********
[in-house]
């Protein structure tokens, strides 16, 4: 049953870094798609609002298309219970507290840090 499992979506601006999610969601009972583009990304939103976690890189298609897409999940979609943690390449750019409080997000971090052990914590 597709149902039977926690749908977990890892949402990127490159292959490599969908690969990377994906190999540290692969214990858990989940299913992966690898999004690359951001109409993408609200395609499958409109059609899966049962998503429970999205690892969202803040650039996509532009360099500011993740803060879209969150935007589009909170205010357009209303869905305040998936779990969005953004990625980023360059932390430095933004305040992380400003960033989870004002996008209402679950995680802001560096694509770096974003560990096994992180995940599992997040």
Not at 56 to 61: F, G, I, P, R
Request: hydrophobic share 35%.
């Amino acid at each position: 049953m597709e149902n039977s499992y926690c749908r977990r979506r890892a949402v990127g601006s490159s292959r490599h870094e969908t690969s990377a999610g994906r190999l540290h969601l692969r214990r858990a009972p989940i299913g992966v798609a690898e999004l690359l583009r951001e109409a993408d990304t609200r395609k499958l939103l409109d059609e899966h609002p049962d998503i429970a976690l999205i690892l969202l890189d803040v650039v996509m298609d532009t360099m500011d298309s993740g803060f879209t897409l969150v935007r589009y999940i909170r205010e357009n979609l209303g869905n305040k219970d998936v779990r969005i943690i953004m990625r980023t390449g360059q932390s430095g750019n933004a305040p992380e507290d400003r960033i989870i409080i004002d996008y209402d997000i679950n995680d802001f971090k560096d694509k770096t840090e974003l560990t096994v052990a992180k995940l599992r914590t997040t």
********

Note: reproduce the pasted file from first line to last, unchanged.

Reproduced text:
[in-house]
């Protein structure tokens, strides 16, 4: 049953870094798609609002298309219970507290840090 499992979506601006999610969601009972583009990304939103976690890189298609897409999940979609943690390449750019409080997000971090052990914590 597709149902039977926690749908977990890892949402990127490159292959490599969908690969990377994906190999540290692969214990858990989940299913992966690898999004690359951001109409993408609200395609499958409109059609899966049962998503429970999205690892969202803040650039996509532009360099500011993740803060879209969150935007589009909170205010357009209303869905305040998936779990969005953004990625980023360059932390430095933004305040992380400003960033989870004002996008209402679950995680802001560096694509770096974003560990096994992180995940599992997040």
Not at 56 to 61: F, G, I, P, R
Request: hydrophobic share 35%.
């Amino acid at each position: 049953m597709e149902n039977s499992y926690c749908r977990r979506r890892a949402v990127g601006s490159s292959r490599h870094e969908t690969s990377a999610g994906r190999l540290h969601l692969r214990r858990a009972p989940i299913g992966v798609a690898e999004l690359l583009r951001e109409a993408d990304t609200r395609k499958l939103l409109d059609e899966h609002p049962d998503i429970a976690l999205i690892l969202l890189d803040v650039v996509m298609d532009t360099m500011d298309s993740g803060f879209t897409l969150v935007r589009y999940i909170r205010e357009n979609l209303g869905n305040k219970d998936v779990r969005i943690i953004m990625r980023t390449g360059q932390s430095g750019n933004a305040p992380e507290d400003r960033i989870i409080i004002d996008y209402d997000i679950n995680d802001f971090k560096d694509k770096t840090e974003l560990t096994v052990a992180k995940l599992r914590t997040t």